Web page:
[KS] Query: soft-masculinity and cross-dressing in Korean context

Peter Schroepfer schroepfer at gmail.com
Thu Jul 30 18:00:38 EDT 2009

Probably not quite what you were looking for, but I think the most
prominent cross-dresser in Korean history would have to be three time
National Assembly member and 1992 presidential candidate Kim
Oksôn/Okseon. (Although if one considers only facial makeup, that
honor would have to go to André Kim.)

Born in 1934, Kim Oksôn was the youngest of three daughters and says
she started dressing like a man in the early fifties because her elder
brother had died fighting on behalf of the Japanese during the war and
she sensed her mother missed having a son. She may have been the first
unmarried woman in the National Assembly, but at any rate she was the
first person to have won a parliamentary seat after challenging the
vote results and winning a recount. One time she lost her seat after
calling Pak Chônghûi a dictator in comments to the main Assembly floor
in a 1975 (or so) incident referred to as the "Kim Oksôn P'adong." All
the while she has been an active Christian educator who has
established several schools, famously refusing to build a typical
large and imposing kyojangsil in one of them, and I think recently was
working on a court case to have the comments that got her in trouble
with PCH and were stricken from the parliamentary record restored. She
doesn't pretend to be a man; she just has lived the traditional life
of one and dresses like one with man's haircut, suit, necktie, and
shoes. Perhaps this has to be seen to be believed:

Aside from her interesting career and the fact she is an exceptionally
clean and principled politician (who as always critical of all Three
Kims), one of the things that I find to be fascinating and indeed a
very teachable case study in Korean society is the mere fact that,
despite all the many things that are often said about this society, no
big deal ever seems to have been made of the fact she is a
cross-dresser. She likes to give speeches and wrote a book about
oration in the early sixties and was first elected to the Assembly
representing Poryông (South Ch'ungch'ông) in 1967. Of course any story
specifically about her usually mentions that she is a "namjang
yôsong," but even that is usually mentioned so matter-of-fact-ly that
the first time around one would have to read it twice. In 1992, when
some foreign journalists asked me how it could be that a cross-dresser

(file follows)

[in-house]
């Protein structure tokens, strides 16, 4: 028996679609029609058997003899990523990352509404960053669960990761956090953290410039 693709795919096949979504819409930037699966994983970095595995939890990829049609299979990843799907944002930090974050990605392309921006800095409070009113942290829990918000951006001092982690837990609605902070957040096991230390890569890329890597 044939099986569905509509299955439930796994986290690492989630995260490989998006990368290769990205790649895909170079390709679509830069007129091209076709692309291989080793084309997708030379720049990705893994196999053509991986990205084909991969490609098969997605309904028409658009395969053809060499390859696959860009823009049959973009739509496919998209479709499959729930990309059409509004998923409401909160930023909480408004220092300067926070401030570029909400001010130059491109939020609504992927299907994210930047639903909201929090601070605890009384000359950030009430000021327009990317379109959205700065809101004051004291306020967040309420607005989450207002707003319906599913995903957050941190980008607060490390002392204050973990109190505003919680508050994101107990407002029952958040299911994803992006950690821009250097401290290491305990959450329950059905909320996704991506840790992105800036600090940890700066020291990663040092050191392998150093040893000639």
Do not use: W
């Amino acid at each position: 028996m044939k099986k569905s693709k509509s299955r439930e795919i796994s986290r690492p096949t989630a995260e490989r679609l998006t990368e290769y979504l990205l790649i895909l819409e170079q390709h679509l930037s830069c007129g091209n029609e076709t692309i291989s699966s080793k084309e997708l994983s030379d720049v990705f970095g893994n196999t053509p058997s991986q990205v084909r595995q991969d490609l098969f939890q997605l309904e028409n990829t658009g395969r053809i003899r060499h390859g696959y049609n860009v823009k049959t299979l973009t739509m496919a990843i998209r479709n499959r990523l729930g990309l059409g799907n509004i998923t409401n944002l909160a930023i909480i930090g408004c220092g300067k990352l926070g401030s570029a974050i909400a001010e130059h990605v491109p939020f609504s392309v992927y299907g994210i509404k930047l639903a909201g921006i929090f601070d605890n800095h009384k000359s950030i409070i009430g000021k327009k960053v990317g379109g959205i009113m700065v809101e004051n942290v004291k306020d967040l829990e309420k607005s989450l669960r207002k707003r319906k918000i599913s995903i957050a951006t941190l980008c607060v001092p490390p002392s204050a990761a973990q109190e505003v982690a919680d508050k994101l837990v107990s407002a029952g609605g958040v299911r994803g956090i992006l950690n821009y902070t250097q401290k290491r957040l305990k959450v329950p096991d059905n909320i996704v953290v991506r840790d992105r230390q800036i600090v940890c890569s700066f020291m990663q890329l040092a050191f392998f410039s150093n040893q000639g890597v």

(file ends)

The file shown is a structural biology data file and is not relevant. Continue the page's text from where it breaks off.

running for president wasn't one of the biggest stories of the
campaign, the best answer I could give them was that Korea is very
accepting of highly unusual people who nevertheless make a name for
themselves and make positive contributions to society or the minjoke
despite their initial or surface weirdness (André Kim would have to be
included here, too), and that she had already been active in politics
long enough for the country to have grown accustomed to her. (In fact
these journalists only found out about her when they were with the Kim
Taejung campaign in a small village somewhere and had a long wait in
front of the usual lineup of official campaign wall posters. When they
started asking the Kim Taejung campaign about the minority party
candidates they noticed a candidate in one of the posters wearing a
tie but being referred to as a "she" in English. Here they were
covering a presidential campaign and they discovered this fact
entirely on accident. None of their handlers, stringers, and
interpreters even thought it worth mentioning.)

I suspect that there may have been some slight acceptance of at least
the idea of girls being raised as boys in traditional society, perhaps
not unlike how it was not too taboo to imagine and talk about a woman
of low class marrying a Yangban male, as in _Ch'unh'unhyangjôn_.
Either type of behavior would have been so rare that one might as well
guess that if it ever happened it was hidden, and indeed I don't know
of actual mention of either in Chosôn-era documents. But it was
clearly permissible to "imagine" both in widely circulated and
therefore by definition socially/officially "approved" written
literature, while one sees no example of either case in reverse in
written fiction. (And in the case of men cross-dressing as women - who
would actually want to choose a life of "bad p'alcha"?)

Women dressing as men is a major motif in pre-modern popular fiction,
especially the so-called "martial novels" (kundam sosôl) and "heroic
novels" (yôngung sosôl), with, for example, women dressed as (male,
obviously) changgun, "generals" or military leaders. Usually these
take place in China, always a good idea if you want to make an
unrealistic story more plausible with a distant and abstract setting.
There must be dozens of instances of this. In some the costume is a
temporary disguise, in others the woman was always pretending to be a